WTC holds change of command
May 28, 2010
- LTC Phillip Johnson replaces LTC Robert Harris in ceremony at Camp Butler
- Johnson arrives from National Guard Bureau's joint staff
- Harris praises Soldiers, instructors and leaders for "making this battalion come to life"
FORT BENNING, Ga. - The Warrior Training Center hailed a new leader Tuesday.
LTC Phillip Johnson took over the position during a change of command ceremony at Camp Butler's rappel tower. He replaces LTC Robert Harris, who leaves for Arlington, Va., to become the Army National Guard's deputy operations officer.
Johnson arrives at Fort Benning after serving as executive assistant to the director of the National Guard Bureau's joint staff.
"He has demonstrated the ability to think strategically and has a vision on where he wants to take this battalion," said COL Steven Bapp, special assistant to the Army National Guard director. "I assure you all that the Warrior Training Center is in capable hands, and he will take this battalion to the next level."
Johnson joined the military in February 1984 and entered the Oregon Army National Guard four years later. In 1992, he was commissioned as an Infantry second lieutenant through the Army ROTC program at Portland State University.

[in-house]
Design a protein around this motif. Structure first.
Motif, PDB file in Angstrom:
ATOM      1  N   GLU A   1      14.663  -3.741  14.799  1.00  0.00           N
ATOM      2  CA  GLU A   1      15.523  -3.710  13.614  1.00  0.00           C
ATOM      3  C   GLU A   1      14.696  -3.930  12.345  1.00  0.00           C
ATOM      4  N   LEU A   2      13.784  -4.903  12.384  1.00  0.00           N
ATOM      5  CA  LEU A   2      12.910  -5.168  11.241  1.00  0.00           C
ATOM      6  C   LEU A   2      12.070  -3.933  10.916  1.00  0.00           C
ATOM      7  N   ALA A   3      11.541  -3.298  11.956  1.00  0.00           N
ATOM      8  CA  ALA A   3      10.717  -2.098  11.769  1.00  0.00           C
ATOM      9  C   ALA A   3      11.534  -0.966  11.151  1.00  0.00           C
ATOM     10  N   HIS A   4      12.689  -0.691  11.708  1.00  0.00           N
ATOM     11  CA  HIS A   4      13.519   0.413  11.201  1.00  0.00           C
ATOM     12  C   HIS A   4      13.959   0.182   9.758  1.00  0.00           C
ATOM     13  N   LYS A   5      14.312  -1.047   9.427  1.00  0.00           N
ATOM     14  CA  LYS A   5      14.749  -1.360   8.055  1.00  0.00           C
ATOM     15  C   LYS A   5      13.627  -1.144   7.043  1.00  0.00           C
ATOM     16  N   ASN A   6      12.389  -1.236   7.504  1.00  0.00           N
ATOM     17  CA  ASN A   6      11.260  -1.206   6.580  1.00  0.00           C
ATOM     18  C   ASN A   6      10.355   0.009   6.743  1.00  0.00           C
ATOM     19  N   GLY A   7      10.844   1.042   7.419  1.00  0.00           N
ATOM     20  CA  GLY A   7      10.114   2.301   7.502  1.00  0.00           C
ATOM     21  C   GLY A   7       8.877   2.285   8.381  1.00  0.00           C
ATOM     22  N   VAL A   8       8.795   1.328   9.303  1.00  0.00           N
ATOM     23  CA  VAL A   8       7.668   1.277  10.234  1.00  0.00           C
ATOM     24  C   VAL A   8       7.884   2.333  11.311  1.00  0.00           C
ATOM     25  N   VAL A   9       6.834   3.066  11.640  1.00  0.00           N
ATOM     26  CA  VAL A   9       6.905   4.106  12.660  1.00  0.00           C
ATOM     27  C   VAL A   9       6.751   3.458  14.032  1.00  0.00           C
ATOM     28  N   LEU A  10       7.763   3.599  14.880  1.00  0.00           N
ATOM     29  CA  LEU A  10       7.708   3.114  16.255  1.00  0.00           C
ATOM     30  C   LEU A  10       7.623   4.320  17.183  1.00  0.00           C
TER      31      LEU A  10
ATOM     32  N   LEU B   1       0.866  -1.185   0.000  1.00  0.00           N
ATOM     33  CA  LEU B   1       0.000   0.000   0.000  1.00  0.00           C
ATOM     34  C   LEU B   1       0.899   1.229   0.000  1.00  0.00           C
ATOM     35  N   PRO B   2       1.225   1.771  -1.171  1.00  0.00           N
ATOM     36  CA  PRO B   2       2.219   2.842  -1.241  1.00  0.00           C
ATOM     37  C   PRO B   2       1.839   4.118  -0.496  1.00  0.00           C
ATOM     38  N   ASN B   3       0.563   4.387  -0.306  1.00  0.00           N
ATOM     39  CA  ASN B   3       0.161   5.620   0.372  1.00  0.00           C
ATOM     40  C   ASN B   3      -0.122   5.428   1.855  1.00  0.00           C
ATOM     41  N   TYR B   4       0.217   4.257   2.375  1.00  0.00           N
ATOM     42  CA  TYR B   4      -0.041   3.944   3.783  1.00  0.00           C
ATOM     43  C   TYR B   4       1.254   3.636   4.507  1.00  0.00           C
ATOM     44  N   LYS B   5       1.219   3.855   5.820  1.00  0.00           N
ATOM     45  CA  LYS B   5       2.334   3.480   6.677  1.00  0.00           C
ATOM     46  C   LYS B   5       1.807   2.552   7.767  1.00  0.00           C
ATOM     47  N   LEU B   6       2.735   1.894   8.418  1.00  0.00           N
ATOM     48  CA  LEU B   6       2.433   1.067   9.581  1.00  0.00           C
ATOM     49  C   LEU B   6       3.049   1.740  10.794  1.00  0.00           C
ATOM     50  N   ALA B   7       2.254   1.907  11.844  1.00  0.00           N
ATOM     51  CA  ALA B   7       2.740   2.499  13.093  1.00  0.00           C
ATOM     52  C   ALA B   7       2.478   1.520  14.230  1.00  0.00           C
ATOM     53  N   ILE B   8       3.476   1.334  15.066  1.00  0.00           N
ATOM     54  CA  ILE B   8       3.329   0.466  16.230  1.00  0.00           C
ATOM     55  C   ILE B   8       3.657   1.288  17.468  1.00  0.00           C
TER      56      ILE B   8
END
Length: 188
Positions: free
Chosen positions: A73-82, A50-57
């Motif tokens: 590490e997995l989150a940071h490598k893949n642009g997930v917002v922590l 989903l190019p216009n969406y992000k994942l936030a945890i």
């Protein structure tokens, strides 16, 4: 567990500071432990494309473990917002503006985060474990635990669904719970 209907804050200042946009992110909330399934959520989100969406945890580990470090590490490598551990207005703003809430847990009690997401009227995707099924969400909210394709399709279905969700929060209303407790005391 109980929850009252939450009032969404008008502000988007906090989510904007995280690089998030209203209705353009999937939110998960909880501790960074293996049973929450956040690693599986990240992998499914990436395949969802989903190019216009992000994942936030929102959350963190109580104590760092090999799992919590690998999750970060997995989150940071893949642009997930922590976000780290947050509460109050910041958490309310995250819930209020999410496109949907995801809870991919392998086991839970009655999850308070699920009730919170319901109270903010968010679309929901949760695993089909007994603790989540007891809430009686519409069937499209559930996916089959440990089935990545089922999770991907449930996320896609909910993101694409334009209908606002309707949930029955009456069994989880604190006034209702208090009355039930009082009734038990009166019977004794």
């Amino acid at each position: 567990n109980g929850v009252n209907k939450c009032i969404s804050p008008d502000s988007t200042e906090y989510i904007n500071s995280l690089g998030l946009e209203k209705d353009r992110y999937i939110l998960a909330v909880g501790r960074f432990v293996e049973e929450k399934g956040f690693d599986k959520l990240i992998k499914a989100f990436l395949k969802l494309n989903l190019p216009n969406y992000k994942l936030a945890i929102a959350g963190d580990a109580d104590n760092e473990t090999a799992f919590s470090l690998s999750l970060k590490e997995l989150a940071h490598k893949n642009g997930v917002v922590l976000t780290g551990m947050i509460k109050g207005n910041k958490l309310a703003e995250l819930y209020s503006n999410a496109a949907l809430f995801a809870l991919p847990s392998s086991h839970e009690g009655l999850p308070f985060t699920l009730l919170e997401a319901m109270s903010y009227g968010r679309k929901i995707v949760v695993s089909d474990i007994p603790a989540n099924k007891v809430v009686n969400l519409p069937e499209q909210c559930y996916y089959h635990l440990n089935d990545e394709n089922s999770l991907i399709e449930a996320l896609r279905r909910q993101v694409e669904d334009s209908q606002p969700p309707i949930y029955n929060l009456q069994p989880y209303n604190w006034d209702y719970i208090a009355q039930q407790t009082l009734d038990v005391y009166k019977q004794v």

He deployed to Afghanistan with the 10th Mountain Division in February 2004 and then returned to the Oregon Army National Guard's joint force headquarters, where he served as the assistant deputy chief of staff for training.
"I look forward to working with the entire command team here ... and training Soldiers for the war fight - because that's what's really important, and we all know that," Johnson said.
The Warrior Training Center, which traces its history to 1994, conducts the Pre-Ranger, Combatives, Air Assault, Pathfinder, Pre-Master Gunner and Bradley Crew Evaluator courses - all aimed at building personnel to carry out the Army National Guard's state and federal missions.
Two years ago, Harris became the first lieutenant colonel to command the Warrior Training Center, the only facility of its kind in the Army. Under his leadership, the unit helped develop 280 Army Rangers, 31 Bradley Master Gunners, and awarded more than 2,500 Air Assault and 150 Pathfinder badges. It also directly supported 28 Army National Guard brigade combat teams and dispatched more than 30 mobile training teams across the military.
Bapp said the numbers are impressive but Harris' most important contributions are the intangibles, which can't be scientifically measured. Soldiers, Sailors, Marines, Airmen and Coast Guardsmen have benefited from WTC instruction in combat operations, homeland security and natural-disaster relief.
"These are the true fruits of Rob's labor," Bapp said.
Harris was commissioned as an Infantry officer in 1989 after completing Army ROTC at Texas A&M University. He has deployed to Iraq and supported Stabilization Force 10 in Bosnia-Herzegovina. This marked his second assignment at Fort Benning.
He praised the unit's Soldiers and instructors, post and Army Guard leaders, and other agencies for "making this (WTC) battalion come to life."
"Fort Benning is the team of teams, and I'm proud and thankful to have been part of that team," Harris said. "(We) train and produce capable warriors."